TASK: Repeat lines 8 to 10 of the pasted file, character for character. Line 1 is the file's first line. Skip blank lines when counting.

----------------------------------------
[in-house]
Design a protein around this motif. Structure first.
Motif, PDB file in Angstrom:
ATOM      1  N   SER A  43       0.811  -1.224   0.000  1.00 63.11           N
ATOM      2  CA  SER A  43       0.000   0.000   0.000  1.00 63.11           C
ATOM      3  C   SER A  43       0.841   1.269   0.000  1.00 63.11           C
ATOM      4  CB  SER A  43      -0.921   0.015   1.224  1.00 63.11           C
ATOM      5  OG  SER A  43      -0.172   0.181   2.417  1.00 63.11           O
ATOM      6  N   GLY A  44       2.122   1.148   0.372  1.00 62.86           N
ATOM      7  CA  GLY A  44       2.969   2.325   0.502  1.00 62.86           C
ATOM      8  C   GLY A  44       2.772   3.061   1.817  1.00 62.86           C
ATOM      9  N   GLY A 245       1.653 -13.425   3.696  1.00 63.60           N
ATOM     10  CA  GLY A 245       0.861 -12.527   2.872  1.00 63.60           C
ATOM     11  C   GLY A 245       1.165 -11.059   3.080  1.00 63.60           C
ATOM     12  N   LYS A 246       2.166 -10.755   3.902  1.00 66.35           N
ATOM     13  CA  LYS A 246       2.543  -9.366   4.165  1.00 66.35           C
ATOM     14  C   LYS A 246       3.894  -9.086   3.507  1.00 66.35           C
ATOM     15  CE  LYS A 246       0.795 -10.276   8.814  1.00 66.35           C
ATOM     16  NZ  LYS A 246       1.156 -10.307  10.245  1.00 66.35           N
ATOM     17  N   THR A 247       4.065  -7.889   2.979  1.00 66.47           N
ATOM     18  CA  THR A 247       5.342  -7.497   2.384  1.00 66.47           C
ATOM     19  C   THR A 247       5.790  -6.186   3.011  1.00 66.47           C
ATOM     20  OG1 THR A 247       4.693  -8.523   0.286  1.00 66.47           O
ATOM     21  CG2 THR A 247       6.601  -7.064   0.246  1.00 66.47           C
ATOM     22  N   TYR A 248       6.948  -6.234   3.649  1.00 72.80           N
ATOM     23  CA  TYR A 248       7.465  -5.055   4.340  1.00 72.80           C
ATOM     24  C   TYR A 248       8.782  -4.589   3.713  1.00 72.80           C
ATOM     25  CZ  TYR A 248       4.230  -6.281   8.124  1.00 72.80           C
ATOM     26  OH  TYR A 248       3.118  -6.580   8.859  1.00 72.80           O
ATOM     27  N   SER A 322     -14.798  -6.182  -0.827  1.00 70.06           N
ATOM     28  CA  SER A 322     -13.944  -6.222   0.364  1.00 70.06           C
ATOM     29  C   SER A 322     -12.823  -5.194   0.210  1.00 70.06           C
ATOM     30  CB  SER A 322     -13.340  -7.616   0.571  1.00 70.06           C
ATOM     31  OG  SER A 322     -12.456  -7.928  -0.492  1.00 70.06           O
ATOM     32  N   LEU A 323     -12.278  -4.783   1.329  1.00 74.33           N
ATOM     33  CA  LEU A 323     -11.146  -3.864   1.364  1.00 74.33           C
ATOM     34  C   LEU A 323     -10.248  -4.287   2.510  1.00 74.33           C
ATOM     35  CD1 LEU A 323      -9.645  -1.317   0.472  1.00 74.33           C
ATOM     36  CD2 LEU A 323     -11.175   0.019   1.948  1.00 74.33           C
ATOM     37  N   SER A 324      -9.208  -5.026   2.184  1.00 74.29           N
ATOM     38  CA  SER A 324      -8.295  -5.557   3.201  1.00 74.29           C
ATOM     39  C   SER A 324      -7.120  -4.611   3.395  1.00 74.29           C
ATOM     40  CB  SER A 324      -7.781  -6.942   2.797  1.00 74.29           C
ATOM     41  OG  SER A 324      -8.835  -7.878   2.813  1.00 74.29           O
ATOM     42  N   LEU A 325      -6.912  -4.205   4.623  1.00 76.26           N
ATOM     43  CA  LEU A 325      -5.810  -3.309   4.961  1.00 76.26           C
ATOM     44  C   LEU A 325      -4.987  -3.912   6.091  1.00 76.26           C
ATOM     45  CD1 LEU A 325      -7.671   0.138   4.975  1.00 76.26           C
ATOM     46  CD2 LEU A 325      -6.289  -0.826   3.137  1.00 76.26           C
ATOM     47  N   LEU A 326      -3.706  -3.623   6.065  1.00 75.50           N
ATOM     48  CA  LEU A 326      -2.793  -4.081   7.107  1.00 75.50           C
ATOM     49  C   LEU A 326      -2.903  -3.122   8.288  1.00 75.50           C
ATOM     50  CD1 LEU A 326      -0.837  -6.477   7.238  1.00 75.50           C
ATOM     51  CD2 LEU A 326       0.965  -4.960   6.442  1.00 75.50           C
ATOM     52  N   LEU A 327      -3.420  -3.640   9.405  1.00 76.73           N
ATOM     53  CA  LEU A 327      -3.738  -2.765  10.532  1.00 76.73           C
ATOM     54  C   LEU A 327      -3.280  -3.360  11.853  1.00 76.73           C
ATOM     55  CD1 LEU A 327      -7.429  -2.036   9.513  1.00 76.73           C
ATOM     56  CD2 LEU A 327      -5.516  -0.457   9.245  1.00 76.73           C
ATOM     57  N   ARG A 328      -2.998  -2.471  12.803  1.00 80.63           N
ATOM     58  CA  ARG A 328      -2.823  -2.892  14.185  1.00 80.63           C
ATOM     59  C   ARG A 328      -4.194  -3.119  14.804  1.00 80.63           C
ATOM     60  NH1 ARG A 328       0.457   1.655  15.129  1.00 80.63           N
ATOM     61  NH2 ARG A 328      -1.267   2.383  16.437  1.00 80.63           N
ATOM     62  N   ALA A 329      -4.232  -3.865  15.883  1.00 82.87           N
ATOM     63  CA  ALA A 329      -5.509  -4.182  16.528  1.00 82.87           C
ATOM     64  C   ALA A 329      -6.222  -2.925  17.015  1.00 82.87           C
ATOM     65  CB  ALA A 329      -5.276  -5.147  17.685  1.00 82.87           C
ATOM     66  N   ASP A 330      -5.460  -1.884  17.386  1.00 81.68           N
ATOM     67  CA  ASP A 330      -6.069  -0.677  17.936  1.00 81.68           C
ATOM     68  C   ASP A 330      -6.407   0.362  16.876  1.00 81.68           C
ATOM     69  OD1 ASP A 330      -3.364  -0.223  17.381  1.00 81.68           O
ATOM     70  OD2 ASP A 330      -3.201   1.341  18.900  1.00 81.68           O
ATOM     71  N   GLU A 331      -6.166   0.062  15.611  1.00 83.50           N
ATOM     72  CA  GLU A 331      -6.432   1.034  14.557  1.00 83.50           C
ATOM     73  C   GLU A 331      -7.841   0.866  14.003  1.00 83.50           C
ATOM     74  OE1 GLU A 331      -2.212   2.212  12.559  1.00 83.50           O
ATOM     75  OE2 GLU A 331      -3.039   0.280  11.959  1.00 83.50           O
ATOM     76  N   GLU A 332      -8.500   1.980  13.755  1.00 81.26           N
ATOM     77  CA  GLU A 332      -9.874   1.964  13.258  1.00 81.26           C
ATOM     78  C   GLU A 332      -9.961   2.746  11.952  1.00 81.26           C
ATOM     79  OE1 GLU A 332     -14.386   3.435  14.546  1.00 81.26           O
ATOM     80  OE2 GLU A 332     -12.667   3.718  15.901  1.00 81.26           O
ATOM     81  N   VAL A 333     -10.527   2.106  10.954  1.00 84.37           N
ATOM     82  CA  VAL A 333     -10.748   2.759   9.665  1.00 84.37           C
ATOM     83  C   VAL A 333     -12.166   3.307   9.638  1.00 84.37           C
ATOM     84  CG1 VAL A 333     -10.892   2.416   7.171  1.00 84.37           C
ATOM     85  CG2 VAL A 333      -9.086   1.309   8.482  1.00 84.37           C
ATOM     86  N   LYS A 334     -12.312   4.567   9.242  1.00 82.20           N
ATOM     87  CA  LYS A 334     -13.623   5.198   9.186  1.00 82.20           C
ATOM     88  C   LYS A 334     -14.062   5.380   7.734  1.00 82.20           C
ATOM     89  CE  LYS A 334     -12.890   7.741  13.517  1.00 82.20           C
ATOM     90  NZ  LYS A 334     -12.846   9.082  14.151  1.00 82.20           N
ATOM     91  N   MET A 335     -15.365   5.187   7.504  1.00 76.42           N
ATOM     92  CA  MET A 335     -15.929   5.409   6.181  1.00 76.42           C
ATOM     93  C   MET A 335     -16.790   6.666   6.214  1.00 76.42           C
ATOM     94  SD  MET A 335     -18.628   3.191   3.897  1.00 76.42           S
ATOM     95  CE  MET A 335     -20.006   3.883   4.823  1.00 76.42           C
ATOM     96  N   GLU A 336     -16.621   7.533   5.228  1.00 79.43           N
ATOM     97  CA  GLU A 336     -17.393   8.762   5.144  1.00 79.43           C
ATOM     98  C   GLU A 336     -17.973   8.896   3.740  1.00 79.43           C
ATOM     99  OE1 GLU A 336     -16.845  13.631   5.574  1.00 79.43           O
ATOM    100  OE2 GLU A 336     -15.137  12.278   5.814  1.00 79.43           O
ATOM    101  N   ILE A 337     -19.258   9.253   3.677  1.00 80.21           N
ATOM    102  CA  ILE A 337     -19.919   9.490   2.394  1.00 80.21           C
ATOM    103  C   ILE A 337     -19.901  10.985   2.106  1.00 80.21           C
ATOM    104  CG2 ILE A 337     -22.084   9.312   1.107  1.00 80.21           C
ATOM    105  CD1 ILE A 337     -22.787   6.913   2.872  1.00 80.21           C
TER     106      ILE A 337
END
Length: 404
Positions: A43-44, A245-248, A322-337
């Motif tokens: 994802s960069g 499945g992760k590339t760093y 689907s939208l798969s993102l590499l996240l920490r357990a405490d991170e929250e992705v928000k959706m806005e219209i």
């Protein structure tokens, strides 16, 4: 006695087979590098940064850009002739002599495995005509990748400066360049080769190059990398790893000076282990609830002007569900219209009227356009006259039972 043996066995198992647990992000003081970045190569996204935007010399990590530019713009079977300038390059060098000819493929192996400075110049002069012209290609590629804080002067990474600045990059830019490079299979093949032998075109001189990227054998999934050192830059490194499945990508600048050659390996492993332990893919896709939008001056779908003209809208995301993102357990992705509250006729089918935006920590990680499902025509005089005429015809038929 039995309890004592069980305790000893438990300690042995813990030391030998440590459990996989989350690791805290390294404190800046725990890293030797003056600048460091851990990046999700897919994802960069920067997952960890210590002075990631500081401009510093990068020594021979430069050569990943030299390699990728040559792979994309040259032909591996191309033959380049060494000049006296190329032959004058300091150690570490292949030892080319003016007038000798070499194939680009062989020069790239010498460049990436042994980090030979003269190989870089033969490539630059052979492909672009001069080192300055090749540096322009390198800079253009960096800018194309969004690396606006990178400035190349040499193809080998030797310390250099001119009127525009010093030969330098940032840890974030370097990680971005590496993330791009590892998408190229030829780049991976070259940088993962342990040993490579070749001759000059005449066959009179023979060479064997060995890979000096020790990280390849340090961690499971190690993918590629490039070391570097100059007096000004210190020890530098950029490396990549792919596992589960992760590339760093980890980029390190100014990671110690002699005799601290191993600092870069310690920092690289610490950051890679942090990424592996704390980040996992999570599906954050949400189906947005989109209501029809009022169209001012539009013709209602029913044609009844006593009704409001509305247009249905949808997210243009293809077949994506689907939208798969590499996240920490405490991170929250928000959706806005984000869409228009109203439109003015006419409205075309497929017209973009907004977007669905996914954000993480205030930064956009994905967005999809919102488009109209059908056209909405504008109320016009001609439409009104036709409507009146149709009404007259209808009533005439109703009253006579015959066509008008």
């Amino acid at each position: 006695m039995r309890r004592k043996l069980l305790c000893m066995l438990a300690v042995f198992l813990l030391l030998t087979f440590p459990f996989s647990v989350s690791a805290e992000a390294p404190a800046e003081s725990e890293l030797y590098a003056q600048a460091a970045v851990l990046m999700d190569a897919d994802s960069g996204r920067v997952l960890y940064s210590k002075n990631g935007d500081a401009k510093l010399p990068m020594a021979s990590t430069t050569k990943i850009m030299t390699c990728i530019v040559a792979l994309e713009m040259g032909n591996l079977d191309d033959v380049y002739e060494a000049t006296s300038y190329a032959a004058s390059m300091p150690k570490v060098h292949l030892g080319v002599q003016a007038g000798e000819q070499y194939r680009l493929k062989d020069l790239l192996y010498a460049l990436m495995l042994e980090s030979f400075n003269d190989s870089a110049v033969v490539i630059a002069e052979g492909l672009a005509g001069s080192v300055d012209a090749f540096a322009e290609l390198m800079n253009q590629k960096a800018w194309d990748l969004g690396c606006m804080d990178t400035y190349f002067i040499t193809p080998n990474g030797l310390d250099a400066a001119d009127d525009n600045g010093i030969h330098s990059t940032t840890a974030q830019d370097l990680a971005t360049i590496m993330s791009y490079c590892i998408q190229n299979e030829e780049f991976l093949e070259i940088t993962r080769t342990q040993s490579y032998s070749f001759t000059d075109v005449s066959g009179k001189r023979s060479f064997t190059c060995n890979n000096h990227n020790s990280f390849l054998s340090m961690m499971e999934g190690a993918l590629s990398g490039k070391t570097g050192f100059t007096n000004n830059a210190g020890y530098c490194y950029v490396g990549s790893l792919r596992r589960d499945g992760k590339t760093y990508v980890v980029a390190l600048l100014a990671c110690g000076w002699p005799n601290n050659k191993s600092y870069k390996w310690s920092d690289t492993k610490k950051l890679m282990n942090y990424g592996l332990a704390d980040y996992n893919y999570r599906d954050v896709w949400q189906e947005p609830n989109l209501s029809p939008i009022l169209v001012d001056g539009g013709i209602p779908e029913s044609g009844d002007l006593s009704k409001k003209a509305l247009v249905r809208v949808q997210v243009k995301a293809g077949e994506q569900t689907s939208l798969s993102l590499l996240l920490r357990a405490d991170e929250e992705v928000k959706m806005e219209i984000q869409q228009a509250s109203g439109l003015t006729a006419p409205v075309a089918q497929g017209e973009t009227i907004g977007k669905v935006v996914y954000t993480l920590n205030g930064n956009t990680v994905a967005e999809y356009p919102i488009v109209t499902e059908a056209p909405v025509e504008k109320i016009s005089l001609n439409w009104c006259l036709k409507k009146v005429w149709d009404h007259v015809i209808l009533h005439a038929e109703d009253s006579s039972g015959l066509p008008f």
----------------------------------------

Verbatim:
ATOM      5  OG  SER A  43      -0.172   0.181   2.417  1.00 63.11           O
ATOM      6  N   GLY A  44       2.122   1.148   0.372  1.00 62.86           N
ATOM      7  CA  GLY A  44       2.969   2.325   0.502  1.00 62.86           C